Grata Fund

On Friday 26 May at 2.15pm, the Federal Court in Melbourne handed down its decision on the Rex Patrick v Australian Information Commissioner (OAIC) case, the long-awaited challenge to the lengthy delays that plague freedom of information (FOI) requests.

The Court has held that the Information Commissioner has a duty to make a decision once they receive an application, rather than after their investigation is completed which often takes years. The Federal Court put responsibility squarely on the government’s shoulders, finding that there had been ‘very significant delays’ due to an ‘unquestionable shortage of resources’ for the Information Commissioner – but held that it is a decision for the Government and Parliament to provide the funding in order to ‘enable the discharge of the Commissioner’s statutory functions’.

Rex Patrick says “I am naturally disappointed in the outcome”.

“The Court recognised, on the submissions and evidence, that the FOI system is completely broken, but says that the fix must come from the Parliament, not the Court. The Parliament must sit up and take notice of the Court.”

“The Court found that there were ‘very significant’ delays in the processing of my Information Commissioner reviews, but that those delays were not ‘legally unreasonable’ because the Office of the Australian Information Commissioner is completely overwhelmed with applications and lacks the resources to deal with them.”

“The decision is bad news for any person wanting to obtain timely access to information to allow them to participate in policy debates or scrutinise government. Conversely, it’s great news for ministers and officials who want to bury information in an IC review for anything up to five years, knowing that when the review is finalised the results will be of historical use only.”

This case brought by former Senator Rex Patrick goes to the heart of how the Australian FOI system works and has far-reaching implications for the rights of journalists, civil society organisations and the wider public to access government information, hold leaders and decision-makers to account, and understand what is being done in their name.

The OAIC’s lengthy delays in processing FOI appeals has had some people waiting up to five years for a decision. These delays have long been criticised by advocacy groups, journalists and even by a former Freedom of Information Commissioner, Leo Hardiman PSM KC. In March this year, Mr Hardiman quit after less than a year in the job, because of his lack of power to fix these lengthy delays.

In March the Greens, Coalition and crossbench teamed up to force a Senate Inquiry into the FOI system, tasked with looking at the reasons behind Mr Hardiman’s resignation, delays in processing appeals and timeframes and other matters that have long plagued the FOI regime.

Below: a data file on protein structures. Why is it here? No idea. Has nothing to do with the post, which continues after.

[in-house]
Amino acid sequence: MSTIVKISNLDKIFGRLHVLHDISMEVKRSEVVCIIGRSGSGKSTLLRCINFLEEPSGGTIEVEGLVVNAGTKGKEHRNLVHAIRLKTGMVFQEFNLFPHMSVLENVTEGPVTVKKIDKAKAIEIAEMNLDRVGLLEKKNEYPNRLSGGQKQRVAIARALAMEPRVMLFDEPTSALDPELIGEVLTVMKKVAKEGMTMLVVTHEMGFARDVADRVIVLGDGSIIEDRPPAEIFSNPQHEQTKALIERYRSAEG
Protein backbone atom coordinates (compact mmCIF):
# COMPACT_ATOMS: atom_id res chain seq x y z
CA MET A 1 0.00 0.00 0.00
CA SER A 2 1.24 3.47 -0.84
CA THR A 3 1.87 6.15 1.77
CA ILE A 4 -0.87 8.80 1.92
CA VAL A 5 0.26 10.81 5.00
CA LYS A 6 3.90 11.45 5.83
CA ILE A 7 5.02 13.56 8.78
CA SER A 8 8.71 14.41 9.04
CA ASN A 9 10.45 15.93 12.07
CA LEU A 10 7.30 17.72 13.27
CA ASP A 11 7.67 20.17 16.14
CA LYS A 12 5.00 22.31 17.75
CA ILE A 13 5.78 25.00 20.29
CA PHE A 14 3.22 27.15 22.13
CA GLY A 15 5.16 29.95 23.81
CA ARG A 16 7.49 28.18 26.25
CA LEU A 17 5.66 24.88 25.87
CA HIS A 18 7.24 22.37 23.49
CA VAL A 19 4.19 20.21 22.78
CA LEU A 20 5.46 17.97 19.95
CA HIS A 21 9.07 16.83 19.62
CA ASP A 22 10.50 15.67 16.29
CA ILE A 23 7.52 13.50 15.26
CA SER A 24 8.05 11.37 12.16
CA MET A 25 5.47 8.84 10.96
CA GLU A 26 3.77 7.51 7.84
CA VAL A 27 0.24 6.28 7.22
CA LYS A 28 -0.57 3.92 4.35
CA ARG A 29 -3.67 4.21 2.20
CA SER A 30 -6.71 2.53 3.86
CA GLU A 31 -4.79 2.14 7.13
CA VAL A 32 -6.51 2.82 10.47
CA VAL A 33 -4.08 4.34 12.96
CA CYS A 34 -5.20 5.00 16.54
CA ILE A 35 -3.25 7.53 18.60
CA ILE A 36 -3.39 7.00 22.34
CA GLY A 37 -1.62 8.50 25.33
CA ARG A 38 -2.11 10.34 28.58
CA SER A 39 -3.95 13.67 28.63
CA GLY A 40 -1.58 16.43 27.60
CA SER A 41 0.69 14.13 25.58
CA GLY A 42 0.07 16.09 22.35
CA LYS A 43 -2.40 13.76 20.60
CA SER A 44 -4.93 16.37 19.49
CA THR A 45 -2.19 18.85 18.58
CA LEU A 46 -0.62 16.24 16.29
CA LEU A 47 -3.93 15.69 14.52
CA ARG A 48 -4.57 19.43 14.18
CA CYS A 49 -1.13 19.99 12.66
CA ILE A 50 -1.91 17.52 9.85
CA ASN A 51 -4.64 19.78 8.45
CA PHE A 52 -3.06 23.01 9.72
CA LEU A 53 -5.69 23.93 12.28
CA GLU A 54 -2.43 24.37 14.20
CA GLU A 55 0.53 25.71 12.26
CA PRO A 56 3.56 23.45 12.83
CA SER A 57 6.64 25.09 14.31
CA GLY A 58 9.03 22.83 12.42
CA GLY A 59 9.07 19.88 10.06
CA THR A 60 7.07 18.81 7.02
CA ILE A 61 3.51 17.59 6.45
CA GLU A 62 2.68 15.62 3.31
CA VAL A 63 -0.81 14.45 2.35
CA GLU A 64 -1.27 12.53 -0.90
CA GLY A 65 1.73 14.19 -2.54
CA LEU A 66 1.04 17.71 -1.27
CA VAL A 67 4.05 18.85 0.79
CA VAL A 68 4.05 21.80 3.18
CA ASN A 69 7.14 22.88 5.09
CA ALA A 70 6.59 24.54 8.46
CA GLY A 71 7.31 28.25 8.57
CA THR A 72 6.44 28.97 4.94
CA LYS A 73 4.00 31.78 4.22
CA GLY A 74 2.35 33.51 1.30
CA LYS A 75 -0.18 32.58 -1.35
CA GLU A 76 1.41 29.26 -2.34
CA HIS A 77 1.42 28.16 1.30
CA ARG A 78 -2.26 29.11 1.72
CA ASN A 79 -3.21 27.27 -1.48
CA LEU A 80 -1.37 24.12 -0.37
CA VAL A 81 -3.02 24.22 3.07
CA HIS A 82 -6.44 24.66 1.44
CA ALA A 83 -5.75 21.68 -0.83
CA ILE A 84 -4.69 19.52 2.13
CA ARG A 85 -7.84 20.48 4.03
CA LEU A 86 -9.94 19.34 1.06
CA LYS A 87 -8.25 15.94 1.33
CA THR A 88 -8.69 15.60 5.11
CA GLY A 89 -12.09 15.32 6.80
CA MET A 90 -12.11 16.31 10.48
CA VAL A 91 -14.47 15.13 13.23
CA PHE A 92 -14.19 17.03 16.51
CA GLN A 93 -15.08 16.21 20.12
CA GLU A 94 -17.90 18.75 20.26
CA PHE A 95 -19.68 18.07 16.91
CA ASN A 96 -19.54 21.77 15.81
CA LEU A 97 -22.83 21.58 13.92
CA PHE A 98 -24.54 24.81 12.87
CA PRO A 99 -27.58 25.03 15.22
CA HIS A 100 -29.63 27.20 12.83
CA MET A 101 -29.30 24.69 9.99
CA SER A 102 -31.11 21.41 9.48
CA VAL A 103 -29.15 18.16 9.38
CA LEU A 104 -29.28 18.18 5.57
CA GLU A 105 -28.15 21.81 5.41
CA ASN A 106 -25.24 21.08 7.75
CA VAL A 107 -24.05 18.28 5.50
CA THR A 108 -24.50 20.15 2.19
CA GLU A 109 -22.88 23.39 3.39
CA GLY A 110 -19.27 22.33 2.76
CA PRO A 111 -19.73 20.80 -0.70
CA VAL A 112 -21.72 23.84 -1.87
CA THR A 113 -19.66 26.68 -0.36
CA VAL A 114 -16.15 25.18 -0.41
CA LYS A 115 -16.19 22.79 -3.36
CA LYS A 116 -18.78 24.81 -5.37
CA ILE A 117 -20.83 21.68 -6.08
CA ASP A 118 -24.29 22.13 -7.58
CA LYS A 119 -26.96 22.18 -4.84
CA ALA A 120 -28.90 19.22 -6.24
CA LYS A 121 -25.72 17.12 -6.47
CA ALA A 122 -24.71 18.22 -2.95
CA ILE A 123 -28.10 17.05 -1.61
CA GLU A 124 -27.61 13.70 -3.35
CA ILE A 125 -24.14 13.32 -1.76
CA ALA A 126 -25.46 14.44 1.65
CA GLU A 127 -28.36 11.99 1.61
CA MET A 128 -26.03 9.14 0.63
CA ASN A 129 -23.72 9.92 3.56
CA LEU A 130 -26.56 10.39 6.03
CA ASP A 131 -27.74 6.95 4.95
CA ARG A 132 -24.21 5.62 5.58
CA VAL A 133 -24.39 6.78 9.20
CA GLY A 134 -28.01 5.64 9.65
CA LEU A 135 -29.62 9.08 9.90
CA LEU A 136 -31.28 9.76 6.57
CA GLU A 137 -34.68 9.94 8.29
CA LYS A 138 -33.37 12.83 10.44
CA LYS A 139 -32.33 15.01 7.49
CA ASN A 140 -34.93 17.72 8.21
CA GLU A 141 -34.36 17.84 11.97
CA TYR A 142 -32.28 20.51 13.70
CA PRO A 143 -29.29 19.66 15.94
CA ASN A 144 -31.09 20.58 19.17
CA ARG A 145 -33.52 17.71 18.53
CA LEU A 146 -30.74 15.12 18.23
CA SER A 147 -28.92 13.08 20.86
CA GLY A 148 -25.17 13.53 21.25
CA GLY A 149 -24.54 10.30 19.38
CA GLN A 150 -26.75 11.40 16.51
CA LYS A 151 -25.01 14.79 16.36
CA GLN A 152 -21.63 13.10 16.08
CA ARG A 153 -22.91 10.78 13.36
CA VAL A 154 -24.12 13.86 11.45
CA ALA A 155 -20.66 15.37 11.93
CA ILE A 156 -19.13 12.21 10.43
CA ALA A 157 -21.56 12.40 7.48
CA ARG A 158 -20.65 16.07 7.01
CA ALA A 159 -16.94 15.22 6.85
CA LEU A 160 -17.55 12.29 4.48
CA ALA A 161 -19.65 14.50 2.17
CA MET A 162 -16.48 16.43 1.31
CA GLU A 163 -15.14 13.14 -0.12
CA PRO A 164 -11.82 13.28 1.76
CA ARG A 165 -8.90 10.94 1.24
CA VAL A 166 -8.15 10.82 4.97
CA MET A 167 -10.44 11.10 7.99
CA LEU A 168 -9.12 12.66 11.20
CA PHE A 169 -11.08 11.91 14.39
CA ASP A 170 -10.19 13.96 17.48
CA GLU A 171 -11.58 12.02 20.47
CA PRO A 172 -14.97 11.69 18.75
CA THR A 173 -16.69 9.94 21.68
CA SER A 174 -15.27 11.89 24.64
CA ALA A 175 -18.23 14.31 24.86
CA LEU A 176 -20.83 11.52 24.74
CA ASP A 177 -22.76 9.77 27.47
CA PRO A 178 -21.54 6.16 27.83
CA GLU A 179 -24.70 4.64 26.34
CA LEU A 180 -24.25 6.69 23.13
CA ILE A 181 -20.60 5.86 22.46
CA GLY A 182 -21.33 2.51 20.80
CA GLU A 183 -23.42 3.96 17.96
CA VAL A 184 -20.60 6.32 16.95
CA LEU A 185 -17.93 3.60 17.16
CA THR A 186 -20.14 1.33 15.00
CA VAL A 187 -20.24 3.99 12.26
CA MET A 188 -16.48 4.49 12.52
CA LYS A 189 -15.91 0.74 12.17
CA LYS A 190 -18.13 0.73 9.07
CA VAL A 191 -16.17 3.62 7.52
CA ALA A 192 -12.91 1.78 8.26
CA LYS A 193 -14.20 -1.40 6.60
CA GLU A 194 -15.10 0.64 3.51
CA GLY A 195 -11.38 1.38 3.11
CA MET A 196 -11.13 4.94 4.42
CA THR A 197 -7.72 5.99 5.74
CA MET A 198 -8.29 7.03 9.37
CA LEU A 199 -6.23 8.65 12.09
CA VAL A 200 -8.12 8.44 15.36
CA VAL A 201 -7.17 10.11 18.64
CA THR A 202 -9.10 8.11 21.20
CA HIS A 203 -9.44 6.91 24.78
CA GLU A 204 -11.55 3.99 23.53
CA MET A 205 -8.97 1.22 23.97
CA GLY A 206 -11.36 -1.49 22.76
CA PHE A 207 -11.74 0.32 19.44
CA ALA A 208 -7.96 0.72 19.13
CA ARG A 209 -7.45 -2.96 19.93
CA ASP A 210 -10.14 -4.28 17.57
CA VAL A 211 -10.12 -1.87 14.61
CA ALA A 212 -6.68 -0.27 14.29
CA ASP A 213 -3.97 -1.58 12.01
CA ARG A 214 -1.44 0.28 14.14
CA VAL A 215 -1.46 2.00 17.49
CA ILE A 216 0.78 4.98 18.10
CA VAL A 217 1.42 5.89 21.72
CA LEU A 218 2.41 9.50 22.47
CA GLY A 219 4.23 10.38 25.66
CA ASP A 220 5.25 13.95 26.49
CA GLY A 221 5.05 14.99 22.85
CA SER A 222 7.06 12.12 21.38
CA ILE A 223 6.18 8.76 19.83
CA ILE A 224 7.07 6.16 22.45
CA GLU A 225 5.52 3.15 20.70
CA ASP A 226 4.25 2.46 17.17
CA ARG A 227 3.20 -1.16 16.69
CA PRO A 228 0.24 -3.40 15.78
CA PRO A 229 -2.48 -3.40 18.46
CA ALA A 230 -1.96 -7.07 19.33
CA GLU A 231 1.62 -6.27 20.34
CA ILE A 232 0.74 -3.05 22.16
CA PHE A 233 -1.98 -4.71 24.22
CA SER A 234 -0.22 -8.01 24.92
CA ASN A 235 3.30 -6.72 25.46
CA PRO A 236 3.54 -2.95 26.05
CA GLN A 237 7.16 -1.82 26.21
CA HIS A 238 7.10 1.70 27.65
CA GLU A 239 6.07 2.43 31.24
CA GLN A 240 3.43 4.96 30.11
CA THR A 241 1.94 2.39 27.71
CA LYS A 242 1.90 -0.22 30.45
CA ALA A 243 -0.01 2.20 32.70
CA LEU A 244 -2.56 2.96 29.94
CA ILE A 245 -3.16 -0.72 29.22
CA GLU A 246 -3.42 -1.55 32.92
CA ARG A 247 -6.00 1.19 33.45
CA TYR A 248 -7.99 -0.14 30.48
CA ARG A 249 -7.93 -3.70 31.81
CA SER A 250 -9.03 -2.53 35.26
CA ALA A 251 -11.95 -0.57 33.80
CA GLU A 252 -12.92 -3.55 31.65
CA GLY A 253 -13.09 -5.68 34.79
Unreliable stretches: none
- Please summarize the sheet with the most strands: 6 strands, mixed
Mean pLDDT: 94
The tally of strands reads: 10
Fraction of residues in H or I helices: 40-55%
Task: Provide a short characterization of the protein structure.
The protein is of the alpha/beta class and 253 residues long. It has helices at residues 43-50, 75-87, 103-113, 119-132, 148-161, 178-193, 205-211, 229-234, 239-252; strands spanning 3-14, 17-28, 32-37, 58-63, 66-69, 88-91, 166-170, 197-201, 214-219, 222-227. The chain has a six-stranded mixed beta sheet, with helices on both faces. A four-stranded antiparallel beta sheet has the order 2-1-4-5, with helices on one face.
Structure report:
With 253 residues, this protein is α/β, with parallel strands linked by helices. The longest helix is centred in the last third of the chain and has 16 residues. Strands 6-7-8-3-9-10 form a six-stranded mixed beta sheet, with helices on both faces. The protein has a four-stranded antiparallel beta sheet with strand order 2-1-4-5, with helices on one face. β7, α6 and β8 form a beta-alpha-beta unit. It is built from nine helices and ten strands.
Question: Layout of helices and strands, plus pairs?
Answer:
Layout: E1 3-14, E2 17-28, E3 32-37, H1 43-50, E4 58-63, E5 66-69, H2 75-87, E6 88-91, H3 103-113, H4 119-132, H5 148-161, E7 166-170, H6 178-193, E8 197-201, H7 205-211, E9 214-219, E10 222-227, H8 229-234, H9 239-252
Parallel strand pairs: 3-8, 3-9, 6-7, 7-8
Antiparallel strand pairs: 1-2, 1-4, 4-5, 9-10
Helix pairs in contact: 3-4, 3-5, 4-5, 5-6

Ensuring that people can access government information in a timely manner through the FOI system is an essential part of a healthy democracy, but in Australia, the FOI system is broken. At the federal level, government bodies routinely reject FOI requests on spurious grounds and FOI administration is plagued by excessive delays at every stage. These delays effectively enable government bodies to shield their activities from scrutiny, particularly as the newsworthiness and value of information is often reduced over time.

Grata Fund is an advocacy partner supporting this case. Isabelle Reinecke, Executive Director, Grata Fund says: “Today’s decision should be an enormous catalyst for the government to improve and future-proof the FOI system by funding the OAIC adequately to remove the years long delays. By anyone’s measure, multiple year delays are unacceptable, and now the ball is in the government’s court to ensure its public commitments to the democratic operation of government are put into effect.”

This case is supported by advocacy partner Grata Fund as part of its litigation hit list, a project which has supported three FOI cases targeting the major roadblocks to the lawful functionality of the FOI system. Two of these cases have been with Mr Patrick.

Key Facts:

On Friday 26 May at 2.15pm, the Federal Court in Melbourne handed down its decision on the Rex Patrick v Australian Information Commissioner (OAIC) case, the long-awaited challenge to the lengthy delays that plague freedom of information (FOI) requests.

About us:

Grata Fund is Australia’s first specialist non-profit strategic litigation incubator and funder. Grata develops, funds, and builds sophisticated campaign architecture around high impact, strategic litigation brought by people and communities in Australia. We focus on communities, cases and campaigns that have the potential to break systemic gridlocks across human rights, climate action and democratic freedoms.

/Public Release.